What our Lord wrote in the dust. 

We have sighed betimes for our brothers' crimes 

And have bade them be of cheer, 
For the flesh is weak, and the soul grown meek 

May yet read its title clear. 
But we draw away from the one astray 

As the truly righteous must, 
She is cursed indeed and we did not read 

What our Lord wrote in the dust. 


For the men who thieved, and who killed and lied 

Who have slain the woman's soul 
We have worked and prayed, and have seen them made 

All clean and pure and whole, 
But we drive her out with a righteous shout 

In our Pharisaic trust, 
So the man goes free but we do not see 

What our Lord wrote in the dust. . ^ yr , 

Author unknown 

When I Heard the Learn'd Astronomer 

When I heard the learn'd astronomer,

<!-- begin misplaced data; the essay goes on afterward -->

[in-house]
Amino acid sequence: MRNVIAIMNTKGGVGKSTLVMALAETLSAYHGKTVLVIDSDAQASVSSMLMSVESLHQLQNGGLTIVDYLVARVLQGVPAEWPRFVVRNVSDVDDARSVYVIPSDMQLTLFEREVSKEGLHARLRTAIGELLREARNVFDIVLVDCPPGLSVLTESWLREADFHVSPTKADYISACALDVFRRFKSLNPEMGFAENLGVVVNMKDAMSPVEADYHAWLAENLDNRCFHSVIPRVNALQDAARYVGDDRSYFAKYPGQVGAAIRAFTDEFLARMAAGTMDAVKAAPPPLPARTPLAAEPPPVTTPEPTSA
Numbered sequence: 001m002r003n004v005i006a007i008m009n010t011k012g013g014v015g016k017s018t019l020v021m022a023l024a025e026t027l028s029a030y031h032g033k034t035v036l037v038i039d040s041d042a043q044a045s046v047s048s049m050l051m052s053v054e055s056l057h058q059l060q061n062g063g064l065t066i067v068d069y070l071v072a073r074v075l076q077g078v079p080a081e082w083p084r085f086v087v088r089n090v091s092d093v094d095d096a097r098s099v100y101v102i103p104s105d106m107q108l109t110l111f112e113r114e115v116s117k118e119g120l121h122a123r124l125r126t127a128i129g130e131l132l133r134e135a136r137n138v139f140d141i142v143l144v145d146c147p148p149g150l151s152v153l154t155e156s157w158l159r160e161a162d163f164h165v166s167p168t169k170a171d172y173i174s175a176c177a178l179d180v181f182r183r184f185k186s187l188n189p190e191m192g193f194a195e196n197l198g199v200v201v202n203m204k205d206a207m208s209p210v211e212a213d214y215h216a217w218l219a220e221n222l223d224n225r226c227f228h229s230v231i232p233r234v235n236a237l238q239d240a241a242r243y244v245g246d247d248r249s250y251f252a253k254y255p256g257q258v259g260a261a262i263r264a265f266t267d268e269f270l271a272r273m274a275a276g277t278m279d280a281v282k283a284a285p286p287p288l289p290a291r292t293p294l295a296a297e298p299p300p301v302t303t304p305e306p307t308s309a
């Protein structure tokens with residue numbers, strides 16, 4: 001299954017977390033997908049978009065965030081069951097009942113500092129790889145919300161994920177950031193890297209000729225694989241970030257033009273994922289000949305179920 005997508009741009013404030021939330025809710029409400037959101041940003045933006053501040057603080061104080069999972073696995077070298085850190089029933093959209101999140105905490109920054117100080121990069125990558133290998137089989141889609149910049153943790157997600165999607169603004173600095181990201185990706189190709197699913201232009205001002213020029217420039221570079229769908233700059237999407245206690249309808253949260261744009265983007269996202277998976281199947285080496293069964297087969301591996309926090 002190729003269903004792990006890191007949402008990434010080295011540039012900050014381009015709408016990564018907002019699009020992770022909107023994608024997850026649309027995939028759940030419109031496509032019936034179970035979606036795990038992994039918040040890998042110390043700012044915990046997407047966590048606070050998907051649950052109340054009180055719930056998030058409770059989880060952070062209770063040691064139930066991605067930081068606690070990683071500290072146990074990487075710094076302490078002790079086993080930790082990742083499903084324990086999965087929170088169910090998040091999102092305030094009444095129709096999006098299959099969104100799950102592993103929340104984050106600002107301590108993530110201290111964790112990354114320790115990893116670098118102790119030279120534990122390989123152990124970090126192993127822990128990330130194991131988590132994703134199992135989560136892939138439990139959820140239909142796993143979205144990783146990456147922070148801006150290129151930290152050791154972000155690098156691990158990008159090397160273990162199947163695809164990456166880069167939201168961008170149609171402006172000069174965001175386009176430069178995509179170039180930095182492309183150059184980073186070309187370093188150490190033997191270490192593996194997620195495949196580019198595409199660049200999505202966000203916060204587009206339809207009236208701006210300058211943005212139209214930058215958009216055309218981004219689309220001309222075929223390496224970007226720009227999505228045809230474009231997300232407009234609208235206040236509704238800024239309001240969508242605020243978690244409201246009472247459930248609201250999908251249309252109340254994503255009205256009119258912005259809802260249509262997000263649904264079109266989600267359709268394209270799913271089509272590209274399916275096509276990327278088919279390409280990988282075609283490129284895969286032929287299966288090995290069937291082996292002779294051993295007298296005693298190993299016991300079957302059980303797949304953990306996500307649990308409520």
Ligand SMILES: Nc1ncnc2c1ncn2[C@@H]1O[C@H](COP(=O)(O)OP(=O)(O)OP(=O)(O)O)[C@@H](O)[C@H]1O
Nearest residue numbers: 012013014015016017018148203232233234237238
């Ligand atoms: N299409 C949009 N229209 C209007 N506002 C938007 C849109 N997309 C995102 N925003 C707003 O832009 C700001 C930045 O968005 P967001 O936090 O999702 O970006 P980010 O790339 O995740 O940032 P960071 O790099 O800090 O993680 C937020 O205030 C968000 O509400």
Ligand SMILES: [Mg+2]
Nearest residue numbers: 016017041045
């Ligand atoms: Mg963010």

When the proofs, the figures, were ranged in columns be- 
fore me, 

When I was shown the charts and diagrams, to add, divide, 
and measure them, 

When I, sitting, heard the astronomer where he lectured with 
much applause in the lecture-room, 

How soon unaccountable I became tired and sick, 

Till rising and gliding out I wandered off by myself, 

In the mystical moist night-air, and, from time to time, 

Looked up in perfect silence at the stars. Trr , Trrr . 

Walt Whitman 

Rest Where You Are 

When spurred by tasks unceasing or undone 

You would seek rest afar 
And cannot, though the rest be fairly won, 

Rest where you are. 
Not in event, restriction, or release, 

In journeys near or far, 
But in the heart lies restlessness or peace, 

Rest where you are. ^ , _ , ^, 

Charles Poole Cleaves 



The heart is cold that has not chilled 
With fear that love could pass away. 

The soul is dry that does not thirst 
For clear refreshment day by day. 

And eyes are dim that in the light, 
Have never seen the need to pray. 

Mary Brennan Clapp 

And the Greatness of These 

I have seen an old faith falter, 
Spent upon some ancient altar,